Cumberland County Schools students ready to adapt to virtual learning but hope for normalcy at some point

CUMBERLAND COUNTY, N.C. (WTVD) -- Cumberland County Schools is taking precautions and choosing to go fully online for the beginning of the fall semester, leaving some students concerned and eager to get started.

ABC11 reached out to four students from different schools, grades and backgrounds, giving them the chance to voice their responses to the school board's Tuesday morning decision.

Tanner Bledsoe currently attends Grays Creek High School. With only a few classes left before he graduates in 2021, the senior said he's lucky his learning won't be severely impacted.

"It's hard for me to work at home, alone. I need, I need people to push me. I'm not very good at going and doing it on my own," Bledsoe said.

MORE INFO: Cumberland County Schools goes online-only for first 6 weeks of school year

It's that loss of structure and constant supervision that 8th grader Ahleah Johnson says won't stop her from getting straight A's. The young girl goes to school at Luther Nick Jeralds Middle School.

"I do feel like I would have to work a little bit harder at math, and I am a band student, and so, it's going to be really weird doing band online," Johnson said.


Meanwhile sisters Zaebah and Eyasiha Hutchinson, who go to Loyd Auman Elementary and Max Abbott Middle School respectively, are looking at the silver linings.

"I'm good with taking my classes online, cause it's still the corona, and you still don't know who has the corona," 4th grader Zaebah said.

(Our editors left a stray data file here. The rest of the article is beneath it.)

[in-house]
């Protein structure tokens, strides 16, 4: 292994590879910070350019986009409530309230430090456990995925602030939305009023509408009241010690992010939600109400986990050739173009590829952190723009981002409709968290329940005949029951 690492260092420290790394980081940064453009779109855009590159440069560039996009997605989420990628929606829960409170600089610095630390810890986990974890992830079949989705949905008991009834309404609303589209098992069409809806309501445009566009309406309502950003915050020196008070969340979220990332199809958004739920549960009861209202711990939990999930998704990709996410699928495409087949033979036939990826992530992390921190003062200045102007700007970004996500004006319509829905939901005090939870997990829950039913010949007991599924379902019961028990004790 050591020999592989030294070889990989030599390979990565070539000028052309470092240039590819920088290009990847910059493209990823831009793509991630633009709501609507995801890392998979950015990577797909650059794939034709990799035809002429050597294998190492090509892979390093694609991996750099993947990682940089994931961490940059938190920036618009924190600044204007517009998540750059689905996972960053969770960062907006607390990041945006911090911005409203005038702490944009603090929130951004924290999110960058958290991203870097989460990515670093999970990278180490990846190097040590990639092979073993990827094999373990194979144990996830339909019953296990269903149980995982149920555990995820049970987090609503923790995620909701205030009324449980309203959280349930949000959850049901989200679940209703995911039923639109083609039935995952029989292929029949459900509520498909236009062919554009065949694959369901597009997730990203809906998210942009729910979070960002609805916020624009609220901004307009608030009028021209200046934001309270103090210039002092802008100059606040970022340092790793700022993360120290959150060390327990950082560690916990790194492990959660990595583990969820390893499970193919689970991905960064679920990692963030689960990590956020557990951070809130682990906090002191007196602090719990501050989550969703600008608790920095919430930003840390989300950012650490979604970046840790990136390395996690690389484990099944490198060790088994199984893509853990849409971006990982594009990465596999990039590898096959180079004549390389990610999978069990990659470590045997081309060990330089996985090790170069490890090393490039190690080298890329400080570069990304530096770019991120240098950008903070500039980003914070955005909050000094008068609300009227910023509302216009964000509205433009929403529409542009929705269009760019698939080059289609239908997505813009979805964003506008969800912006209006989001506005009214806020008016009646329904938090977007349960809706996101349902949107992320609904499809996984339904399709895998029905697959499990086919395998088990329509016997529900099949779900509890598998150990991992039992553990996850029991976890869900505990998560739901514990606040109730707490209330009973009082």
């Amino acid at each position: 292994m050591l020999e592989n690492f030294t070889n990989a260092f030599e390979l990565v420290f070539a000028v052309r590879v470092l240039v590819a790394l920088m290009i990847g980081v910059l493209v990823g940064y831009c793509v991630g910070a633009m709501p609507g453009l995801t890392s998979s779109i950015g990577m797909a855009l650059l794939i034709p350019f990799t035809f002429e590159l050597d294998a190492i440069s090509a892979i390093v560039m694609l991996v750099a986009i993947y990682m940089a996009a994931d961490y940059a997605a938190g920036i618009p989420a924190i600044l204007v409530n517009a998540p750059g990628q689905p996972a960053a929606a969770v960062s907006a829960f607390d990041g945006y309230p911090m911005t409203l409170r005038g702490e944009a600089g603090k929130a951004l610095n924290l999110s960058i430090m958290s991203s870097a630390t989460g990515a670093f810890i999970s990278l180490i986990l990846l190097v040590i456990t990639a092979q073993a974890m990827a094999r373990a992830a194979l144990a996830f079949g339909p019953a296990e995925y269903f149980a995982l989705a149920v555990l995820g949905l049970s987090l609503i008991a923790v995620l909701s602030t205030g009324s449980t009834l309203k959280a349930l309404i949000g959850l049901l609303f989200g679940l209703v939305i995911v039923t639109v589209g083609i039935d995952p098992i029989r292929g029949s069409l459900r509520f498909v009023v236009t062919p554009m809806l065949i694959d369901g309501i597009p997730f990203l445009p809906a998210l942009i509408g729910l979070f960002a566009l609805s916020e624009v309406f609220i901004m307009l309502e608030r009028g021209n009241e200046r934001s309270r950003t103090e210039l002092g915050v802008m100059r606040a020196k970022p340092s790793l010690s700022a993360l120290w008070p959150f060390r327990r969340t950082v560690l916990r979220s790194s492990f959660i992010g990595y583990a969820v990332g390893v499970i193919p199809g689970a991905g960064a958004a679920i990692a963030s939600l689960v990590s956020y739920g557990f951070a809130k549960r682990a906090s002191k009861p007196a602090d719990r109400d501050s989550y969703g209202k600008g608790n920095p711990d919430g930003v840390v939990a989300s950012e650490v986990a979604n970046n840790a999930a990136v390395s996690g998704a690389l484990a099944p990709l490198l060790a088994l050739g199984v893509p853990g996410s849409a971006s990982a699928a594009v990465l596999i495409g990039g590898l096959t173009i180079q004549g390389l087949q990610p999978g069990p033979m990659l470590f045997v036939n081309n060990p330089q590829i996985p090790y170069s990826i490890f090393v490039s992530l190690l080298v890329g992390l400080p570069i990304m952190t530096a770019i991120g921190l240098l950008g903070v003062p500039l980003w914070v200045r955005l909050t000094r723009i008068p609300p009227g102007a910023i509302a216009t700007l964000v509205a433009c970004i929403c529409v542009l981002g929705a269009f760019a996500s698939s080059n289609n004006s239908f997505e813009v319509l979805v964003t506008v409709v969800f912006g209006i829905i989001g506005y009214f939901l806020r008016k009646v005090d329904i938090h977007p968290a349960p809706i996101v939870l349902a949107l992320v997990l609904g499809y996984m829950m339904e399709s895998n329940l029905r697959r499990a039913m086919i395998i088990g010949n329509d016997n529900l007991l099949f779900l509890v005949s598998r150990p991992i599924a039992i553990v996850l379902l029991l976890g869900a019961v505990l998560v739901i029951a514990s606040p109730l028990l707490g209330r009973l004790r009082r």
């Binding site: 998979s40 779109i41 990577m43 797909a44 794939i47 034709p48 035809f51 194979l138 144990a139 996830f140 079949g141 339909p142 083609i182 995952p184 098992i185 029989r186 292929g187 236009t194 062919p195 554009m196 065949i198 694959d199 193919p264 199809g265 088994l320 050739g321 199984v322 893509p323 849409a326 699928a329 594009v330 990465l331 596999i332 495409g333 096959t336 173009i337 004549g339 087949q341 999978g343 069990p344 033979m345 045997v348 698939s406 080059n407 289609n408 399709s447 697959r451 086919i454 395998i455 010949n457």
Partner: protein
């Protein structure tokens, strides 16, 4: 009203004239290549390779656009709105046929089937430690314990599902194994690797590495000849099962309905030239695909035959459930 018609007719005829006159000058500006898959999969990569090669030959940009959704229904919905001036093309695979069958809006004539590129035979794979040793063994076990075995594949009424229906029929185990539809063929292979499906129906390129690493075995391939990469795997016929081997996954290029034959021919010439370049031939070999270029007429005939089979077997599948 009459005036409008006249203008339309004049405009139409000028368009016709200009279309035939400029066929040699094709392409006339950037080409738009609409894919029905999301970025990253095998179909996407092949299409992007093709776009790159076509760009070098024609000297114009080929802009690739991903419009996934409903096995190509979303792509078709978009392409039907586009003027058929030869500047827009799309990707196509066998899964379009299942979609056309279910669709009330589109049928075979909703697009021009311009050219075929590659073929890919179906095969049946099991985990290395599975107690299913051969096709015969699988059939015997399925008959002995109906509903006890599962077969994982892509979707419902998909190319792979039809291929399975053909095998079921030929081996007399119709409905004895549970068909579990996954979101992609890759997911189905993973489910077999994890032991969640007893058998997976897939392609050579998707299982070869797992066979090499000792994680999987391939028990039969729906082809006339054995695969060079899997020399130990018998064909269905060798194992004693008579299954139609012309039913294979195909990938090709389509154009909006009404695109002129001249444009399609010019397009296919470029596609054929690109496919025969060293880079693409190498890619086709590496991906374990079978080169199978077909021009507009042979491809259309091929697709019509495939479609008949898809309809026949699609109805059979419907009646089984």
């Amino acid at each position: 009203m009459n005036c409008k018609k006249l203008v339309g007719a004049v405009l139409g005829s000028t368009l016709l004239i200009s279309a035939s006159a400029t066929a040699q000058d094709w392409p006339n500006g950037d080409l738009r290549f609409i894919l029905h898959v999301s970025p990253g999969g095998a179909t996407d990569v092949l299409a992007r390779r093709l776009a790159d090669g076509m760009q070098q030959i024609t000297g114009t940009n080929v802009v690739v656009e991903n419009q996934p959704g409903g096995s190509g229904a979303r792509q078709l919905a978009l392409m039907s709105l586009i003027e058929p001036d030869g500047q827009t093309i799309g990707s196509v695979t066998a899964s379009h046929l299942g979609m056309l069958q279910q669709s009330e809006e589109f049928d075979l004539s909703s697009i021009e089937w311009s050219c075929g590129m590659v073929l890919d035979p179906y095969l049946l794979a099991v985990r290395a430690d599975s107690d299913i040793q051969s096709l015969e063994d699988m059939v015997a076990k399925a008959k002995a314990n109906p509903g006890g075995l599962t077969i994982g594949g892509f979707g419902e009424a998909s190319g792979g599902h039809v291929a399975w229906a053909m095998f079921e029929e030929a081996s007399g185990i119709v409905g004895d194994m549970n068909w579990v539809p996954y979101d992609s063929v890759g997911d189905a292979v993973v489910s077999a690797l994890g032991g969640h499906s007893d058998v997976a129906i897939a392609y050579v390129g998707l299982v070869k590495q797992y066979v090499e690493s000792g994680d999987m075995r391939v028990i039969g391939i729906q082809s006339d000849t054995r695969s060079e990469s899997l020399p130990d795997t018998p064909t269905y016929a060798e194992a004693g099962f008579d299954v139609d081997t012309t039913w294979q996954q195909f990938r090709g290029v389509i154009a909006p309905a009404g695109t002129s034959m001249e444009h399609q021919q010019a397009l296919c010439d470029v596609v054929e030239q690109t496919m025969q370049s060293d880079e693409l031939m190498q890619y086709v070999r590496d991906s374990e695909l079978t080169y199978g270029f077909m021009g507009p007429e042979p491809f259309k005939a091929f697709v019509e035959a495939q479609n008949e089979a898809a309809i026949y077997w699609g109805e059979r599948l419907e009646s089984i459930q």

Eyasiha told ABC11 she's okay with staying home until COVID-19 is under control and also won't mind less distractions that she would normally deal with in a classroom.

"You might need peace and quiet to study and people might move and make noises and stuff," Eyasiha said.

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All four students acknowledge online classes will make learning more challenging. Bledsoe adds he'll also have to make sure his younger siblings are doing their work.

"They can't do it as good as we can, cause we can hold ourselves accountable, we can get online, we know what we're doing, we've been doing it," Bledsoe said.

None of the K-12 students know what the online format will look like but recall not learning much back when COVID-19 derailed the latter part of the spring semester.

Johnson went on to tell ABC11 that their online curriculum was mostly review, at the time.

"It was really all over the place. But like, we didn't really learn anything new during that whole session," Johnson said.

They all understand why the decision was made but hope to see some normalcy before the school year ends.

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